Weaving CS into CS 1
This page describes materials we have developed to support
an unusual curriculum for an
introductory computer science course.
The course we have developed
focuses on exploring examples that illustrate a broad
collection of the facets of computer science, but draws all of
these examples from a single subfield, computer networks.
This approach provides a more coherent
educational experience than a typical breadth-first course
while emphasizing the
essentials that tie all of the fields of our discipline together.
More complete descriptions of both the rationale for our approach and
the course we have developed can be found in the following papers:
Teaching Breadth-first Depth-first,
Thomas P. Murtagh,
Proceedings of the 6th Annual Conference on Innovation and Technology in Computer Science Education - ITiCSE '01, ACM SIGCSE Bulletin , Volume 33, Issue 3.
Weaving CS into CS1: A Doubly Depth-first Approach,
Thomas P. Murtagh, Proceedings of the 38th SIGCSE Technical Symposium on Computer Science Education SIGCSE '07, ACM SIGCSE Bulletin, Volume 39, Issue 1.
In addition, the links below provide access to
current and recent versions of the web page for the course itself where
links to lecture notes, readings, and laboratory projects can be found:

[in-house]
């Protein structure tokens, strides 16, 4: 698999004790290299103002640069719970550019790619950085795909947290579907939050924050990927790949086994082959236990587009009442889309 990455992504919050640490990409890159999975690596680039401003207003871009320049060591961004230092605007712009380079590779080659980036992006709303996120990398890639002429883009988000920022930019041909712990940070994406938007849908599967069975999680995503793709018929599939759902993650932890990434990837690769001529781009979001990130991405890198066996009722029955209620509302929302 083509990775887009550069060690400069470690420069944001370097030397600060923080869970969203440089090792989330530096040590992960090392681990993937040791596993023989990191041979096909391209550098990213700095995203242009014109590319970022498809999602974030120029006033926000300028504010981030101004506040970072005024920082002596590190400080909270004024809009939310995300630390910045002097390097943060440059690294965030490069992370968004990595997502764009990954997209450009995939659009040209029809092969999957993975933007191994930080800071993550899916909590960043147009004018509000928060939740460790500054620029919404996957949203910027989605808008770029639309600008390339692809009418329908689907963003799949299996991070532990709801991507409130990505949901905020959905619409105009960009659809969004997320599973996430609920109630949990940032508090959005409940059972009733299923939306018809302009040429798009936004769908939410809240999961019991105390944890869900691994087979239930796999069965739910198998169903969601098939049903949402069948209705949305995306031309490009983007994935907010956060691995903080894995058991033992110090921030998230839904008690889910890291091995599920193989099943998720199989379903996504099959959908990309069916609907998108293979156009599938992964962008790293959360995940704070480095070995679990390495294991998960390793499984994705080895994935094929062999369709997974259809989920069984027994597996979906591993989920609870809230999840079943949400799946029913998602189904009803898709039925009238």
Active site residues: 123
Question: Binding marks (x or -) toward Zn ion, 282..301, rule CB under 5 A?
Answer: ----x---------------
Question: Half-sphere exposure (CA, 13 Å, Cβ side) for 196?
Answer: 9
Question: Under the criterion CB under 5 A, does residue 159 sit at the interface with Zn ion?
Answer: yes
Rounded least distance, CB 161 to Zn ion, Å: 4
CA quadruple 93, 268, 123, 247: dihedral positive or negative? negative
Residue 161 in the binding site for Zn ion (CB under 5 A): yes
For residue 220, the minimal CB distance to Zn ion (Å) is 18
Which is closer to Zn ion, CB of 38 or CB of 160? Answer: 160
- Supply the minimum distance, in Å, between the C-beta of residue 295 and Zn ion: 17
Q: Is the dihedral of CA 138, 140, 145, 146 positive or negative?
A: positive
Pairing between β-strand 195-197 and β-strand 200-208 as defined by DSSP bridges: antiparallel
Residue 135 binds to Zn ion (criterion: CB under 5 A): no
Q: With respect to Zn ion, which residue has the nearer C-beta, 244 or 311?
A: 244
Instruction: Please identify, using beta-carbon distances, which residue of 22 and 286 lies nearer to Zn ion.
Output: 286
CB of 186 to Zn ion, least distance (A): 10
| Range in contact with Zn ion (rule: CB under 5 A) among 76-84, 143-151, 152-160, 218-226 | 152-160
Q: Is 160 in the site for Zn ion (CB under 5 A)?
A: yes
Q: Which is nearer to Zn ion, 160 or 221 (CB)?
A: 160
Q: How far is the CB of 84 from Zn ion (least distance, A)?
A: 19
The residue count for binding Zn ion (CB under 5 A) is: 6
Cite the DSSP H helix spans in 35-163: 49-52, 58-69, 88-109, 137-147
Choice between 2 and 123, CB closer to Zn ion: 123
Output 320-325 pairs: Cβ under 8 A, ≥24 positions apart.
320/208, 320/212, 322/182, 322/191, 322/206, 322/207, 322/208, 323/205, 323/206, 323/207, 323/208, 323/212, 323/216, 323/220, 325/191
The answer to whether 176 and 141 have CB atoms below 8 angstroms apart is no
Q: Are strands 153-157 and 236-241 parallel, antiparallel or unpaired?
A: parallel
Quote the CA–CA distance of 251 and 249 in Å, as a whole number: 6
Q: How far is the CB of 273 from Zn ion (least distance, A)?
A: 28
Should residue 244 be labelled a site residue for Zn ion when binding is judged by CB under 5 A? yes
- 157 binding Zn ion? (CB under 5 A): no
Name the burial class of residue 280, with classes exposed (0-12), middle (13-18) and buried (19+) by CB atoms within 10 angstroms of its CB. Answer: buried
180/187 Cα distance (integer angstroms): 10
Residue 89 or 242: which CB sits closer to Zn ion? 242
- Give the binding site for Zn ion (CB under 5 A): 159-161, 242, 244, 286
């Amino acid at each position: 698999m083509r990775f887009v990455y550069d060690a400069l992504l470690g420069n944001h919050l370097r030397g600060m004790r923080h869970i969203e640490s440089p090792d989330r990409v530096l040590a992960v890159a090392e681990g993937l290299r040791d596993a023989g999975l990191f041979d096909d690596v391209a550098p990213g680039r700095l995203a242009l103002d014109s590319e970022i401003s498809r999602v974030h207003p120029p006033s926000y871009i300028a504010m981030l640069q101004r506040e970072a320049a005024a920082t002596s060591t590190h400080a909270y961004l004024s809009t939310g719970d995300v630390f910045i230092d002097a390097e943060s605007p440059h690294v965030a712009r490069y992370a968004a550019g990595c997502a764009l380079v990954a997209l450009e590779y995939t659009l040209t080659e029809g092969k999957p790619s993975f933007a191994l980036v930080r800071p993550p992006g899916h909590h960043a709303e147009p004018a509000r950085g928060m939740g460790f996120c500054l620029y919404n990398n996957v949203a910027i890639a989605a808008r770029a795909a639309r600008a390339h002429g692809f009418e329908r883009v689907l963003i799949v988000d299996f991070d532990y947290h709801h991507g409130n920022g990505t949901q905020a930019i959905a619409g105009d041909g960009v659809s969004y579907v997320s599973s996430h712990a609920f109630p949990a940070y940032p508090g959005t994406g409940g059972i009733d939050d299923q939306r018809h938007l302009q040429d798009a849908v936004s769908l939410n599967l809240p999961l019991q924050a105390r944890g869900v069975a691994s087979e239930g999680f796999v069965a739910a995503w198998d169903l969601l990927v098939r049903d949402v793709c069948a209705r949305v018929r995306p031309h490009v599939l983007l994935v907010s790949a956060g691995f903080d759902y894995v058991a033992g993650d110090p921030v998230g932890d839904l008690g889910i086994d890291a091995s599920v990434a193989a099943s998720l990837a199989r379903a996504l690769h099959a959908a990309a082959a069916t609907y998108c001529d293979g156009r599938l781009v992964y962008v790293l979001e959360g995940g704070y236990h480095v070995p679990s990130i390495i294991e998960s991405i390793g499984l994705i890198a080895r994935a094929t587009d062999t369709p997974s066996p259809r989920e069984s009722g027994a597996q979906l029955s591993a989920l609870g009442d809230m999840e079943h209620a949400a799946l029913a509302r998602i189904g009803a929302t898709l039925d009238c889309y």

Those who are primarily interested in the Squint library described in:
download the Squint library
access the Squint documentation
using these links. We are writing an introductory Java programming text for use in
conjunction with Squint. Drafts of individual chapters can be
found under the "Lectures and Reading" section of the course website linked above.
For convenience, we also provide the following PDF file
containing all of the available chapters (updated 08/08/08 (really!)).
We have also completed drafts of several chapters of a text designed to cover the
non-programming topics we present in our course.
For those interested in this material, we provide a PDF
file containing our readings on networking technology.
These chapters are in a somewhat
less refined state that those for the programming topics at this point.
This work was supported in part by the NSF under grant DUE-0442954.